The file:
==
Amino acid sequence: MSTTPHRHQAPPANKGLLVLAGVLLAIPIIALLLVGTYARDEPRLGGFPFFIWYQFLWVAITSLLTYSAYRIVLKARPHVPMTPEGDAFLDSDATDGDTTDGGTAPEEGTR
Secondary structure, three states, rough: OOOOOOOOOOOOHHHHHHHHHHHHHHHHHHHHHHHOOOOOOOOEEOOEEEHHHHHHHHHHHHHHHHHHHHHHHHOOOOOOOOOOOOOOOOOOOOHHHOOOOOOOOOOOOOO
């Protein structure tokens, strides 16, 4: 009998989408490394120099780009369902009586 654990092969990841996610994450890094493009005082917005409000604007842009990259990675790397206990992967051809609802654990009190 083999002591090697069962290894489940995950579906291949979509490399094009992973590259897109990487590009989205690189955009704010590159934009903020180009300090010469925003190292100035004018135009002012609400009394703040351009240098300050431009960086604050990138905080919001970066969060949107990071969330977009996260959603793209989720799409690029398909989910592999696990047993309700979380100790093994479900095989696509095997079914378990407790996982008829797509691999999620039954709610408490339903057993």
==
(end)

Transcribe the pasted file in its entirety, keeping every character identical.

Amino acid sequence: MSTTPHRHQAPPANKGLLVLAGVLLAIPIIALLLVGTYARDEPRLGGFPFFIWYQFLWVAITSLLTYSAYRIVLKARPHVPMTPEGDAFLDSDATDGDTTDGGTAPEEGTR
Secondary structure, three states, rough: OOOOOOOOOOOOHHHHHHHHHHHHHHHHHHHHHHHOOOOOOOOEEOOEEEHHHHHHHHHHHHHHHHHHHHHHHHOOOOOOOOOOOOOOOOOOOOHHHOOOOOOOOOOOOOO
């Protein structure tokens, strides 16, 4: 009998989408490394120099780009369902009586 654990092969990841996610994450890094493009005082917005409000604007842009990259990675790397206990992967051809609802654990009190 083999002591090697069962290894489940995950579906291949979509490399094009992973590259897109990487590009989205690189955009704010590159934009903020180009300090010469925003190292100035004018135009002012609400009394703040351009240098300050431009960086604050990138905080919001970066969060949107990071969330977009996260959603793209989720799409690029398909989910592999696990047993309700979380100790093994479900095989696509095997079914378990407790996982008829797509691999999620039954709610408490339903057993």